The Tangled Dance Company open their ‘Curious Curiosity Shop’ in Sheffield

The Tangled Dance Company continued their tour with their production “The Curious Curiosity Shop” on the 16th of April at the Weston Park Museum in Sheffield.

The company was founded in 2013 by Amy Hallam, a Manchester-based dance artist & choreographer and graduate of The Northern School of Contemporary Dance. They began with their first outdoor production ‘Once Upon A Twisted Tale’ first toured in the North West in 2014 and have since then created and presented various site specific original productions working with professional dancers, music composers and designers to create a magical experience.

The Curious Curiosity Shop was created in 2022 with a cast of professional dancers, actors, youth dancers and community supporting cast. It is a live and digital site-specific dance theatre performance that journeys through museums, galleries and heritage buildings.

Ms Hallam said:” We are very into creating an experience for people. It’s not just a dance piece, it’s an immersive experience that invites people into a sort of this magical world, that’s what we aim for with our productions.”

The production promenades, there are six scenes that go through different rooms and the audience follows into each room. The story revolves around an old curiosity shop that’s creeping back to life and the audience meets different characters along the way with the ‘keeper of keys’, a quirky, mysterious and lovable character, leading the audience.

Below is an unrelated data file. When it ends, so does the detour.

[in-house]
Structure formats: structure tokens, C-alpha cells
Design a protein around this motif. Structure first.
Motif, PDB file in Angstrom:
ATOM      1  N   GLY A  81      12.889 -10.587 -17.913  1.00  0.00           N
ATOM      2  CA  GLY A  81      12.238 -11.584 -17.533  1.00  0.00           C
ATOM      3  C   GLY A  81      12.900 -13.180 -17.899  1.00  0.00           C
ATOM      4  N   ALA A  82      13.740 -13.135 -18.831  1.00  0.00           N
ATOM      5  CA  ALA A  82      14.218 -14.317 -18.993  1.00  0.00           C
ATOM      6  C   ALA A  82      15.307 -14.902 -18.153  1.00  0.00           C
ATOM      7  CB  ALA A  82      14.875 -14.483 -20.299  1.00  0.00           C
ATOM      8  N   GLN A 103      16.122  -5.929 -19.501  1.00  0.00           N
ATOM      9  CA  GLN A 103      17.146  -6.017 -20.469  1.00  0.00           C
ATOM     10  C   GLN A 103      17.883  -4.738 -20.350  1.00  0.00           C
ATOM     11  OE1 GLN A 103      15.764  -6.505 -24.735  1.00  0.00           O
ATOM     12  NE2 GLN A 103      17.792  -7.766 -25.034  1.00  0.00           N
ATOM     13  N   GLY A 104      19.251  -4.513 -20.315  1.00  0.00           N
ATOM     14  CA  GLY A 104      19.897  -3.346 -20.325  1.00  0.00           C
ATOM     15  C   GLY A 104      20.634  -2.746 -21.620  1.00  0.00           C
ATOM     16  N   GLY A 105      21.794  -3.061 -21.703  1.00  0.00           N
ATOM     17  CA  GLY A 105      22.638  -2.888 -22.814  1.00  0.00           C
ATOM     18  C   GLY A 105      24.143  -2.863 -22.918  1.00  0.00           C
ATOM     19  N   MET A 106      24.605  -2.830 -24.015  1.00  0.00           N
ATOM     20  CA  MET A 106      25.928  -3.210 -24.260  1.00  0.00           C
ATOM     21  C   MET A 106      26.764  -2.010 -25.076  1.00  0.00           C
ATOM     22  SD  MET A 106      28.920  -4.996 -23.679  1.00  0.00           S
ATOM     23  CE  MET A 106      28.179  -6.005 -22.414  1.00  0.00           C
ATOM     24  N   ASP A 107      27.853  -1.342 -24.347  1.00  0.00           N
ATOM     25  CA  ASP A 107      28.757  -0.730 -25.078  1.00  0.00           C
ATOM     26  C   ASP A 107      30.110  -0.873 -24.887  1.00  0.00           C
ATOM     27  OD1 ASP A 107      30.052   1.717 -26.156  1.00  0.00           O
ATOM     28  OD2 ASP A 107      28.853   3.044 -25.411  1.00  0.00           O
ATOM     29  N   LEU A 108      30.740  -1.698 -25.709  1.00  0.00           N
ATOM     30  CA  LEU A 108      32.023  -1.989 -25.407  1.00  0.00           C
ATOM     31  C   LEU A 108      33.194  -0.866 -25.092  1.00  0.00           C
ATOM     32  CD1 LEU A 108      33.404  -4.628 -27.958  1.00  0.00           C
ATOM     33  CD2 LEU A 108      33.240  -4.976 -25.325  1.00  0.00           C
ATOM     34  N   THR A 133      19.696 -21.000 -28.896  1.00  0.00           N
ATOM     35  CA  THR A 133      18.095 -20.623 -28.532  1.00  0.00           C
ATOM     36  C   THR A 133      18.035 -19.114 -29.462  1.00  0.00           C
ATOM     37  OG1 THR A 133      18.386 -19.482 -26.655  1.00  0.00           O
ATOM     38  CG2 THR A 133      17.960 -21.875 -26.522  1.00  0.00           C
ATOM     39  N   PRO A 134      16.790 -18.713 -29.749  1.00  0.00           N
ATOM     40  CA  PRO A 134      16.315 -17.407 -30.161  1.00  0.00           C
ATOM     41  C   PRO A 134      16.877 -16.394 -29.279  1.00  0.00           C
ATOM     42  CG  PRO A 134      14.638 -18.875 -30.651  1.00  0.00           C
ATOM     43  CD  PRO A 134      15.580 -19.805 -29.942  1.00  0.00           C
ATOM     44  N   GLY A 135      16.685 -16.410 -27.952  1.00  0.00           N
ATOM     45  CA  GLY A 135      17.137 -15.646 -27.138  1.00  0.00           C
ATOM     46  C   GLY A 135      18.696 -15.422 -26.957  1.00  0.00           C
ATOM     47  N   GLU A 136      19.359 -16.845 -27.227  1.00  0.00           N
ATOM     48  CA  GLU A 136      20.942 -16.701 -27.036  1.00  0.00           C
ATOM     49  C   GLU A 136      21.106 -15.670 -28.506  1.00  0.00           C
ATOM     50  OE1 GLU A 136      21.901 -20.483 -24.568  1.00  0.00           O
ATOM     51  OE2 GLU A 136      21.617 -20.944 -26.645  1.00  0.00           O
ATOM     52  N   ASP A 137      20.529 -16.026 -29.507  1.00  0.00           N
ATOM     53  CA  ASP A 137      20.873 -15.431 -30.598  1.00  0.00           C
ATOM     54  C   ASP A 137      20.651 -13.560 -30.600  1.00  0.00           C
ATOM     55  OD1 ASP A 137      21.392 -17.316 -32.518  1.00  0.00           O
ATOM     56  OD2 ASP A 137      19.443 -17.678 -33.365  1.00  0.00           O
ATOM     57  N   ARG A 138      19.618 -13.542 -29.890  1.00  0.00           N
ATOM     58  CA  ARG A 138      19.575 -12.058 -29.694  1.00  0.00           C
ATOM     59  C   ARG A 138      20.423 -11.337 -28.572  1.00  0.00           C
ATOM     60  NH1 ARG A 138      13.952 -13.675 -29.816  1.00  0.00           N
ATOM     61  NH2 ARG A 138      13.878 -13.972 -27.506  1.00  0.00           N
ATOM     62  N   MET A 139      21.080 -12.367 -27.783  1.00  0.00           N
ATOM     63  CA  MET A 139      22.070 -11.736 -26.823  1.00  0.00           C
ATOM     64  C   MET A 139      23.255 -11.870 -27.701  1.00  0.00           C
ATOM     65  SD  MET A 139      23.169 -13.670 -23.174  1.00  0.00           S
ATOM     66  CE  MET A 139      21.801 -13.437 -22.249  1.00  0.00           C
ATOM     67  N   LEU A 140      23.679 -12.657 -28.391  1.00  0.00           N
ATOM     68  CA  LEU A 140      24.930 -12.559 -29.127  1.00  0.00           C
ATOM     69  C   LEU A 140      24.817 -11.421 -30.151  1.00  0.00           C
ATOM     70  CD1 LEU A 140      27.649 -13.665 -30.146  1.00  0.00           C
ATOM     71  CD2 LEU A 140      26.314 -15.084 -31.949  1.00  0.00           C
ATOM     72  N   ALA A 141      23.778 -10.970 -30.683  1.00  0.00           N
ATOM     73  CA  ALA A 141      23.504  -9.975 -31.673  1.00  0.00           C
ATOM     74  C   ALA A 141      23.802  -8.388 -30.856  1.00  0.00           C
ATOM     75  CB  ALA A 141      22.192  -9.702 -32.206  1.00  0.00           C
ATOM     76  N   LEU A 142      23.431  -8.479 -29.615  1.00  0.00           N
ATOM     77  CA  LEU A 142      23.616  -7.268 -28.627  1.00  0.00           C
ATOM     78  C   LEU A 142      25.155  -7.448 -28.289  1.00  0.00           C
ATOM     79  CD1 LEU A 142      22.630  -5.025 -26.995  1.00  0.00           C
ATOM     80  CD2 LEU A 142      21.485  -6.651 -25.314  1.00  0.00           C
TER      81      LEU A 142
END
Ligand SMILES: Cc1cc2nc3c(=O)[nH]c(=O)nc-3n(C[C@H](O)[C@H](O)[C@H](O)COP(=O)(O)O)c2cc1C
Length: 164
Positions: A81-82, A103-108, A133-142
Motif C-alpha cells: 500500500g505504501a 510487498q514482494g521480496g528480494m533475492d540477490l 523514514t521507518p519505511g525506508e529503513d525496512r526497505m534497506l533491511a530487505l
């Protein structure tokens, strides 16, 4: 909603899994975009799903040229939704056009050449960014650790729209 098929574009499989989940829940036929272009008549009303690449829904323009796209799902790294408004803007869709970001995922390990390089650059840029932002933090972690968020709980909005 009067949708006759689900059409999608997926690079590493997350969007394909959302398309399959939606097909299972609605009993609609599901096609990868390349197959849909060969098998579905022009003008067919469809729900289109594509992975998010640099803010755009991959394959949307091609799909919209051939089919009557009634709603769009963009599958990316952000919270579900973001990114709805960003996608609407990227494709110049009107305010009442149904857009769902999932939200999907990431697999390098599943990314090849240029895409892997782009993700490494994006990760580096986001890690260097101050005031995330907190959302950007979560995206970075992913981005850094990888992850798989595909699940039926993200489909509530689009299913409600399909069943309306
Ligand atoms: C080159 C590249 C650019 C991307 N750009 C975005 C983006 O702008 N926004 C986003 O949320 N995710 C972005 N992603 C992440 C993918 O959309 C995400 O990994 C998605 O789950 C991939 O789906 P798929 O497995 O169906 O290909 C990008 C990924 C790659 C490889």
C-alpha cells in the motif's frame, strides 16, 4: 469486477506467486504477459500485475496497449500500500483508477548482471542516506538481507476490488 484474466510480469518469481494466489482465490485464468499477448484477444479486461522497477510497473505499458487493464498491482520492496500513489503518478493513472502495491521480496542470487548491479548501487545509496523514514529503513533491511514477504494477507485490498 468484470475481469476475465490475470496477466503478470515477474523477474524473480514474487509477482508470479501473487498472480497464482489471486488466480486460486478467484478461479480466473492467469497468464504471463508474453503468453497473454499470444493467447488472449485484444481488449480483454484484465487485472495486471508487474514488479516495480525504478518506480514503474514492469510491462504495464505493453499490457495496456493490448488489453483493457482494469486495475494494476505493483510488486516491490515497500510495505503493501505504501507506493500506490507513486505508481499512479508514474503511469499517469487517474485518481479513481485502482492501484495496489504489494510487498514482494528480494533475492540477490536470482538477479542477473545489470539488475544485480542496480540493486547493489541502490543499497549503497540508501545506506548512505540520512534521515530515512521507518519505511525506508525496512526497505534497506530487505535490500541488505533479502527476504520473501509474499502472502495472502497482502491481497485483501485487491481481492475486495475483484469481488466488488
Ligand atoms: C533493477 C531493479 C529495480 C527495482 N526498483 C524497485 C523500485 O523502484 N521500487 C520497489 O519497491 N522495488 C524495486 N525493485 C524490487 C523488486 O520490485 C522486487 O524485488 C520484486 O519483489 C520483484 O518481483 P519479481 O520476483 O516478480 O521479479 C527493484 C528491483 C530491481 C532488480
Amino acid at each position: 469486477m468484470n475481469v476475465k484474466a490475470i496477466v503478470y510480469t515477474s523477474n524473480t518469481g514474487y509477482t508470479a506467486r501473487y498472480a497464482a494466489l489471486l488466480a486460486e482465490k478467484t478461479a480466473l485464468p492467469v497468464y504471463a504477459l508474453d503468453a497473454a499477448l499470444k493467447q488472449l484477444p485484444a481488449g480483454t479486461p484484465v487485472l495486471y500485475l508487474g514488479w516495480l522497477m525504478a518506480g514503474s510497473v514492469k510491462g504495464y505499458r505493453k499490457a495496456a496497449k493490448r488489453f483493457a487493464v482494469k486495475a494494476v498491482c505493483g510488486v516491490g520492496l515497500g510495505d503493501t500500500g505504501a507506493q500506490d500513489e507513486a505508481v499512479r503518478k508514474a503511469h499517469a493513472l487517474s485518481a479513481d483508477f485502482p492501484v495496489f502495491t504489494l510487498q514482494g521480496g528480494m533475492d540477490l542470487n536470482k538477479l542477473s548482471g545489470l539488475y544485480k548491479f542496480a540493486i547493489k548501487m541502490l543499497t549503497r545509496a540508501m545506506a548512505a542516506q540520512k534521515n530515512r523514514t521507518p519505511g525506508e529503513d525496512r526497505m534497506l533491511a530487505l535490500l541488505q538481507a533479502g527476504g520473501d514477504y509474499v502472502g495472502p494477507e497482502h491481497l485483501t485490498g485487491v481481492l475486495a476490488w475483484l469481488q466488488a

Ms Hallam said: ”Upcycling is the heart of the piece, it’s the heart of the company. All the props and costumes are upcycled from all sorts of different things. We have bits of beds, chairs, broken bits of everything and that’s how we developed as a company and it’s the same with the costumes.”

The company will be touring at Bramall Hall in Stockport in July, the Walker Art Gallery in Liverpool in October- November and at Clifton Park Museum in Rotherham in December.

Erin Barton, 19, a student from the University of Sheffield said:”. I enjoyed the movement throughout and it was very abstract. I thought it was a really good depiction of art, of interaction and relationship with things and how we use them and upcycle them and change the meaning of them throughout time.”

Visit their website for more information.  

Written by Harsh Srivastava

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